iPlant Awarded $50M to Advance Cyberinfrastructure for the Life Sciences

iPlant's cyberinfrastructure enables scientists in many different fields to get a grip on massive amounts of data, such as the DNA sequences that make up genomes from microbes to cows.
iPlant's cyberinfrastructure enables scientists in many different fields to get a grip on massive amounts of data, such as the DNA sequences that make up genomes from microbes to cows.

The National Science Foundation has awarded $50 million to a multi-institution collaborative headquartered at the University of Arizona's BIO5 Institute to create a national cyberinfrastructure for the biological sciences.

The renewal grant for the iPlant Collaborative will allow scientists around the world to collaborate and use proven computational tools to analyze and manage massive biological data sets to efficiently address questions of scientific, national and global importance.

With partner sites at the Texas Advanced Computing Center (TACC) at the University of Texas, Austin; Cold Spring Harbor Laboratory (CSHL) in New York; and the University of North Carolina Wilmington (UNCW), iPlant is advancing the understanding of biology beyond which any individual research group is capable.

The original five-year, $50-million project, initiated in 2008, was the largest grant ever awarded by the NSF in the biological sciences, and three times larger than any NSF grant received by an institute in the state of Arizona at the time. Today, even in a precarious time for national funding agencies, the NSF renewed the iPlant award for another five years, increasing the total investment in the project to $100 million.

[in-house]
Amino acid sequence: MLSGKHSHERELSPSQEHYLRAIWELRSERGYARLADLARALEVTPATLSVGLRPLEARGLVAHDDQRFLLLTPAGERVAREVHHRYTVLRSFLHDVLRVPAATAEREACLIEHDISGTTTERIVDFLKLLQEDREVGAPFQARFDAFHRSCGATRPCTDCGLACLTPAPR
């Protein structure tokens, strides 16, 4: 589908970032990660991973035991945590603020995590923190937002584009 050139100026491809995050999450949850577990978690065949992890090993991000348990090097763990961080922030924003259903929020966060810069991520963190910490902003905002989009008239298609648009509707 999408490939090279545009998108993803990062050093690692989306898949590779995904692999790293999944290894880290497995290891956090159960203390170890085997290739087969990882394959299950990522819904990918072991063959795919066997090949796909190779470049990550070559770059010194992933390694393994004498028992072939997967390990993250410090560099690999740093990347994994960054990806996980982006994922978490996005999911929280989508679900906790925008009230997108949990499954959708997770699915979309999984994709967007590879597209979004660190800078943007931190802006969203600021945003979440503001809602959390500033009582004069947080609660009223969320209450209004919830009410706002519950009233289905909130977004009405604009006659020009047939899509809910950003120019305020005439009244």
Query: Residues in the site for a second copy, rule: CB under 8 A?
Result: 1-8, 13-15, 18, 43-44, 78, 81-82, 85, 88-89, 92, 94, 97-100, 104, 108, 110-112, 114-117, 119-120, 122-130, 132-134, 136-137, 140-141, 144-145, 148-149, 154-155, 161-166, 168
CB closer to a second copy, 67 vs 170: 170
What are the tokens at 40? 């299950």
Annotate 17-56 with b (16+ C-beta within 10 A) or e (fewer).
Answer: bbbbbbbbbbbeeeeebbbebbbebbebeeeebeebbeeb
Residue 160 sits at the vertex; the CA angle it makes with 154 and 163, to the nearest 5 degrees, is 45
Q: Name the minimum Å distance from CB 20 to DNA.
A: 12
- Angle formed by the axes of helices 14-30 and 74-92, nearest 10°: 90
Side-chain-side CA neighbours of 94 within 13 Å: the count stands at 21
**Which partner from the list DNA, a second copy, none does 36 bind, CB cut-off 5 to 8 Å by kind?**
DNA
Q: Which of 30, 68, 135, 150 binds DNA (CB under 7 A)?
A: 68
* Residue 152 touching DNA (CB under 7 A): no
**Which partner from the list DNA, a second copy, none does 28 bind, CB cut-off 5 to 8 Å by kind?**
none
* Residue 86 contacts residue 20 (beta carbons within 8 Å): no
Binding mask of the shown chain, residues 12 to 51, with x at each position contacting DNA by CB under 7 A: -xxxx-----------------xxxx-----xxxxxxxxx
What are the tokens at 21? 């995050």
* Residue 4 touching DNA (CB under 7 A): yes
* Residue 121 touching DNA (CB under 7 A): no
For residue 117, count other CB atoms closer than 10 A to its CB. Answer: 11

Eric Lyons, a senior computational biologist at the UA College of Agriculture and Life Sciences and leading iPlant scientist, likens the project to the infrastructure underlying a city.

"Roadways, plumbing, electricity – those are things we often take for granted. Whenever we build a new structure, be it a small house, a large apartment complex, or a business, we connect to that underlying infrastructure," Lyons said. "The needs of a small house are very different from those for a multi-resident apartment complex, but hooking up to the common infrastructure just works."'

Read the rest of this September 18, 2013 UA News article at the link below.

Date released: 
Sep 25 2013
Contact: 
Eric Lyons